- Workplanes – If you press “W” on your keyboard, it’ll allow you to place a workplane on any object in your scene. This effectively moves the ground to the face you’ve clicked on. This allows you to to place and position objects at a weird angle without much effort.
- Patterns – This is the most complex and most powerful of these features. If you have a cylinder, you duplicate it and move it to the right a bit, then you press “Ctrl+D” to duplicate it again. It’ll jump to the right automatically. You can keep doing this and it’ll try to follow a pattern of movement. This patterning tool can also work for rotation. See the image below using this technique to create a gear.
4. Make Use of Community Shapes
The final tip I have for you is to see what’s out there already. You can import SVGs or STLs into Tinkercad using the options to the right. So anything you download can be modified in Tinkercad using any of these techniques.
Tinkercad also has a feature called “Shape Generators”. I won’t go into how to make your own as that’s a huge topic on its own. But the community has some great ones already created. There’s not an easy way to search through them, but you can just tab through the pages and test them out. The best ones I’ve found include a parametric cylinder that you can actually increase the resolution on, so you don’t get those visible edges. There are also nice things like parametric threads for screwing things together.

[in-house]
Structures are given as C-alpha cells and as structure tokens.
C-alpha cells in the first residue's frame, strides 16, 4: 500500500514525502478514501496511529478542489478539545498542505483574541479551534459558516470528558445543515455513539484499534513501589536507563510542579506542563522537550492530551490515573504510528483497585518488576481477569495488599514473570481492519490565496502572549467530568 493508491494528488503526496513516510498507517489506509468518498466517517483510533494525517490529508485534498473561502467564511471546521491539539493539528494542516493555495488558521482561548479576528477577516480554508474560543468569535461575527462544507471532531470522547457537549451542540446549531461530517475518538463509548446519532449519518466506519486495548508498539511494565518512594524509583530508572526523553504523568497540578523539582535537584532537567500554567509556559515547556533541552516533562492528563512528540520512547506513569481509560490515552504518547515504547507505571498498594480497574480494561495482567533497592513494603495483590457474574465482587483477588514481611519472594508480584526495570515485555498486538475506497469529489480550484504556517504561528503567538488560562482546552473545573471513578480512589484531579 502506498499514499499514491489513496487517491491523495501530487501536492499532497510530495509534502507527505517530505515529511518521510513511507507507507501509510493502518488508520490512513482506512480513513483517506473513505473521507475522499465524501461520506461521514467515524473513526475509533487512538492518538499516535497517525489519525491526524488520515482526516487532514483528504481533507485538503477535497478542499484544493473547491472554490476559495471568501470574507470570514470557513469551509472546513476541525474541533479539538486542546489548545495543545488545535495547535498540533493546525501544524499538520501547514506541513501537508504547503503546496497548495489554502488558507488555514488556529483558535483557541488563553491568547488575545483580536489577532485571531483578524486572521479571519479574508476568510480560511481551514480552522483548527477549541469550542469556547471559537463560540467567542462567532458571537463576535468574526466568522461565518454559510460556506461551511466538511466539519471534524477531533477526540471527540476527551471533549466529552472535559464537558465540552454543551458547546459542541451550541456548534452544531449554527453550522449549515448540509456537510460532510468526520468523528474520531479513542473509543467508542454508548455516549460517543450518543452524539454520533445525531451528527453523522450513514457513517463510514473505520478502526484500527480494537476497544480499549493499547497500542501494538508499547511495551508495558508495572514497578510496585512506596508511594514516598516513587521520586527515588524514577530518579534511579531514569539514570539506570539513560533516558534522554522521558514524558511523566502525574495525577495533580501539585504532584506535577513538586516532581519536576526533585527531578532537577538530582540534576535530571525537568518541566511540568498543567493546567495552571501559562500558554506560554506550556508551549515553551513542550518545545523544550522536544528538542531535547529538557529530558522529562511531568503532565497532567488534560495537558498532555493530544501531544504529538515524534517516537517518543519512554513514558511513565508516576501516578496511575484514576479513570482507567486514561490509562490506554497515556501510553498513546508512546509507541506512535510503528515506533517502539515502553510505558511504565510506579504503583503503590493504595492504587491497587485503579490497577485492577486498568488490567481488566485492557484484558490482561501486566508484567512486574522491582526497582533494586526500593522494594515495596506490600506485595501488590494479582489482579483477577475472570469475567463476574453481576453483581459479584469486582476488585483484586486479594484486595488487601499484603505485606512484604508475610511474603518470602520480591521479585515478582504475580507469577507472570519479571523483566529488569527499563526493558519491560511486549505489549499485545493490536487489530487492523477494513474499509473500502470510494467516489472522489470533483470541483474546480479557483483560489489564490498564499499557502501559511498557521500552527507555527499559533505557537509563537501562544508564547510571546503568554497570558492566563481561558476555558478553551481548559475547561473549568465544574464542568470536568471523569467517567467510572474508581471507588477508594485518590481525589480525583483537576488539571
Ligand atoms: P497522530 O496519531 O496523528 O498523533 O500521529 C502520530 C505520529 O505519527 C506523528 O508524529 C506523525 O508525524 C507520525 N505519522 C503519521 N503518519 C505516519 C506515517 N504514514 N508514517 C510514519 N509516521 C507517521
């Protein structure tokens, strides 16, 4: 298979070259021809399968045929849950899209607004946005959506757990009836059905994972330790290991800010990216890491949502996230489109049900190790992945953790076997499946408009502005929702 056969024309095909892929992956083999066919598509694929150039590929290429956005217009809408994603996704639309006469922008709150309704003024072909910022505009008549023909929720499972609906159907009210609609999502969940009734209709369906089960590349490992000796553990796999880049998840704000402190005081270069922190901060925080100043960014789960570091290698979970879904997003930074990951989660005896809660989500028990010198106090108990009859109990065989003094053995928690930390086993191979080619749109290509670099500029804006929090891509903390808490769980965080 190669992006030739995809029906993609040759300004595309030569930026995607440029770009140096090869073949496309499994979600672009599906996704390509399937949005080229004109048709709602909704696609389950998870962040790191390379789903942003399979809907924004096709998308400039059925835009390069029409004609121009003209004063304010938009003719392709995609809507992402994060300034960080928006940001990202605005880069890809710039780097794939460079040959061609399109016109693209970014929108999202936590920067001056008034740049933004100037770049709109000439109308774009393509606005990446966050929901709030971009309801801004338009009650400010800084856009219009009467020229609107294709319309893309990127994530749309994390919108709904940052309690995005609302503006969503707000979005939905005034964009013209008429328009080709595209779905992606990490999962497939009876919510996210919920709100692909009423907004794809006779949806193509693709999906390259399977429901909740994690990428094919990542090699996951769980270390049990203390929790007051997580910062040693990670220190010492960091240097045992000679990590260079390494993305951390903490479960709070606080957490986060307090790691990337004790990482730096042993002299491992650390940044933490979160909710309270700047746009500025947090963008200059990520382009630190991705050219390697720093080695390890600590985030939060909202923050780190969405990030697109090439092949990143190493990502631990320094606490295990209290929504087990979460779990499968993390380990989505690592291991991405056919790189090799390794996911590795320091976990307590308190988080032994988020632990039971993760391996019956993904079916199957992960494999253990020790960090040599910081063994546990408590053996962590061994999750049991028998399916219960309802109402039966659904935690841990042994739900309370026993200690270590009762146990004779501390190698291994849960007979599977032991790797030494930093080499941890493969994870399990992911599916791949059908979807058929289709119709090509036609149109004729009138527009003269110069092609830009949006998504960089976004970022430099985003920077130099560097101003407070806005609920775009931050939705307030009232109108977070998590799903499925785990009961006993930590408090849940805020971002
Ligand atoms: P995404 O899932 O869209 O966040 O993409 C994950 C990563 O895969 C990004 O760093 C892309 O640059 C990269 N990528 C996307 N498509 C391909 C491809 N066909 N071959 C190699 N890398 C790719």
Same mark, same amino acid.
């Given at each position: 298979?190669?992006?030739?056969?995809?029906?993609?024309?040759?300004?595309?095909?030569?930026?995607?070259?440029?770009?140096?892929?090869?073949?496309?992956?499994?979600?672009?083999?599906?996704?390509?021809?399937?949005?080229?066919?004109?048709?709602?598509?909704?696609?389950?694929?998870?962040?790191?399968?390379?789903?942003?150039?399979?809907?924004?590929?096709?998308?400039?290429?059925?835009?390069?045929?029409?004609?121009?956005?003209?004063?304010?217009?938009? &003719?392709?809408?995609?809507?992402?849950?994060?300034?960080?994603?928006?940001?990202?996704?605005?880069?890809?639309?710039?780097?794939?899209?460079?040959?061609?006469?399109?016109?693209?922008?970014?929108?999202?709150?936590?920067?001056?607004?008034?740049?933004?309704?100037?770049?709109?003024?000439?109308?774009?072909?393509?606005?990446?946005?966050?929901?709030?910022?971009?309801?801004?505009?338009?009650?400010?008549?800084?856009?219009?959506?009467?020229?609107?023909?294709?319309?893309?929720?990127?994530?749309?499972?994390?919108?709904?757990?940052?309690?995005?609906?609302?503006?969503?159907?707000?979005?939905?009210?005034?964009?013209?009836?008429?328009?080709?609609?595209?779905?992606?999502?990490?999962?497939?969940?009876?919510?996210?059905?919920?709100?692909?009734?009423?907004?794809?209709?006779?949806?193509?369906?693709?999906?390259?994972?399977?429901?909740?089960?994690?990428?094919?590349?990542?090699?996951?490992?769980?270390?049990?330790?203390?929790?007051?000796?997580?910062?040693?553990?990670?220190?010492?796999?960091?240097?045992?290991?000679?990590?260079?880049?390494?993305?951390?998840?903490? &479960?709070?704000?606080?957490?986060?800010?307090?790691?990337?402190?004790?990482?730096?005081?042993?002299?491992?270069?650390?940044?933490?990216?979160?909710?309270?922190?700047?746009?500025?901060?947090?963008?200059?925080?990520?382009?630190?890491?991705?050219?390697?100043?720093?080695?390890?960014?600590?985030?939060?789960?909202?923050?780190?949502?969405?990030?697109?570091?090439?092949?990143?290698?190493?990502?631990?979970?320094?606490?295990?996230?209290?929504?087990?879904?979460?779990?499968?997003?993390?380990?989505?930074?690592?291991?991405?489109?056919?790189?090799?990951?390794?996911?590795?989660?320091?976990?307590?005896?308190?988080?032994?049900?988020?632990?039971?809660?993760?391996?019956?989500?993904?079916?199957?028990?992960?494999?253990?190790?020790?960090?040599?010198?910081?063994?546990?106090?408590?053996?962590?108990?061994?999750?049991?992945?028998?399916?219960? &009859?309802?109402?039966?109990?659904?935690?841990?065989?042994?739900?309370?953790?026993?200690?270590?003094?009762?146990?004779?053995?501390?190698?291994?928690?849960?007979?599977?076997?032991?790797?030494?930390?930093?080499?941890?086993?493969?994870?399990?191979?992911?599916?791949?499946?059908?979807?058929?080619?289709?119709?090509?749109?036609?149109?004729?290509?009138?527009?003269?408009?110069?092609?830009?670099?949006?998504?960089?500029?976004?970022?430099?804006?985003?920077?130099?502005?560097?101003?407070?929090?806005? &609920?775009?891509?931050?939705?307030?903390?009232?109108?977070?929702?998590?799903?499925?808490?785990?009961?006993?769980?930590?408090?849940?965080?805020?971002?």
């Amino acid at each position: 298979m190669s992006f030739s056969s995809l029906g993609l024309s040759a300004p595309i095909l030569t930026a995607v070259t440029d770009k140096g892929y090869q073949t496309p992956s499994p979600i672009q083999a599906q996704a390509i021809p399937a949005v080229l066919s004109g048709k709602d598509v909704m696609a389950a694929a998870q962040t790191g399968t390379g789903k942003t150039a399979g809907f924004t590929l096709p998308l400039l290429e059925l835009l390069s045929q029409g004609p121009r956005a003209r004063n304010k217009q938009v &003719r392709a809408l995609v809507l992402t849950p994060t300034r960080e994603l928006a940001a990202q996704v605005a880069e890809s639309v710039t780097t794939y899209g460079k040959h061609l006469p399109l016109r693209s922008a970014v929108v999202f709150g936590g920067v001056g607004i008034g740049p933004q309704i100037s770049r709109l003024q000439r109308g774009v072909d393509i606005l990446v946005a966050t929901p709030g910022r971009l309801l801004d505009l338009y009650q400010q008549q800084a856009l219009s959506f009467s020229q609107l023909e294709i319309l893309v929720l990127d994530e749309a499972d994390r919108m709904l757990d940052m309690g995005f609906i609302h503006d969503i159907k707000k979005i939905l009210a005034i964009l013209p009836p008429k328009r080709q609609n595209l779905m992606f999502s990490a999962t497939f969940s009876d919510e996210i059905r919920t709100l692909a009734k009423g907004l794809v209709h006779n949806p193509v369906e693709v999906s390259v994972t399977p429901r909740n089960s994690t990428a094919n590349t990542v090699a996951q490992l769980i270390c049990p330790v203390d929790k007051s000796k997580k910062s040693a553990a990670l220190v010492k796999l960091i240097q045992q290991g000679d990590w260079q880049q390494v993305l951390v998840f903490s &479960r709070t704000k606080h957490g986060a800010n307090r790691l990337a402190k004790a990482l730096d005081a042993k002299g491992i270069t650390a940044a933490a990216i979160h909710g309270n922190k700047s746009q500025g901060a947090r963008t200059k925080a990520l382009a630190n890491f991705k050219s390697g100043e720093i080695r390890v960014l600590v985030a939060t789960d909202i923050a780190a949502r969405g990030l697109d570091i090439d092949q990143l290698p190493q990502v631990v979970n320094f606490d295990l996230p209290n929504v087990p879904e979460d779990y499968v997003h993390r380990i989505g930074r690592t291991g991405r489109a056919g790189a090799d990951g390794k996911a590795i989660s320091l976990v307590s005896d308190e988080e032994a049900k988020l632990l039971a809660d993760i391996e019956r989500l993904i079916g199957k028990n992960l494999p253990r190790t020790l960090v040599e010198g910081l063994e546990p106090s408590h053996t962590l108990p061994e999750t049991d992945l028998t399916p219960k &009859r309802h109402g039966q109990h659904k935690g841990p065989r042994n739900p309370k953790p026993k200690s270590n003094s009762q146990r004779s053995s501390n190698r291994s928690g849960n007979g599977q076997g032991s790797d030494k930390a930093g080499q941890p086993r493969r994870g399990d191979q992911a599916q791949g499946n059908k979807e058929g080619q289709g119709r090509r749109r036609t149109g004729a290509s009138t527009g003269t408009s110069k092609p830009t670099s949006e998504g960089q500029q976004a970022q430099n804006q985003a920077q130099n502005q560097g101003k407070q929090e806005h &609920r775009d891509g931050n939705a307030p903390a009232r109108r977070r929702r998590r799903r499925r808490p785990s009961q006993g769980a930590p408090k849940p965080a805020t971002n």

So if you take away anything from this, it should be just to experiment and have fun. The longer you mess around with Tinkercad, the better you’ll know your way around. And you can get close to just about any shape you want. Simply break it down and keep trying to get close to the shape you have in mind. I mean that tip is in the name. Just keep tinkering.
About the Author
My name is Garrett Kearney. I’m a programmer located smack dab in the middle of Nebraska (yes, there’s more than just corn and cows here… not much, but enough). I’m relatively new to 3D printing and I saw my first consumer grade 3D printer on Kickstarter in the form of the Robo 3D Printer. After a few months of telling myself I shouldn’t get one, I got one in September of 2014. I planned on mostly using it for electronics enclosures, but the more I messed around with Tinkercad, the more complex I realized I could make things, so I started making props and small replicas of my favorite video game and movie things. I then began making videos on YouTube about those things. It’s kind of funny— I started out on the technical side of things with electronics and printer calibration type work. I even named my channel “Chaos Core Tech”. But now I’m finding myself more on the art side of designing 3D prints. I’m just exploring new and fun things to do with my 3D printer and trying to help people create something amazing by sharing what I’ve learned along the way.
You can follow my exploits over at my channel on YouTube. I make new 3D designs every week and do some tutorials on 3D design as well.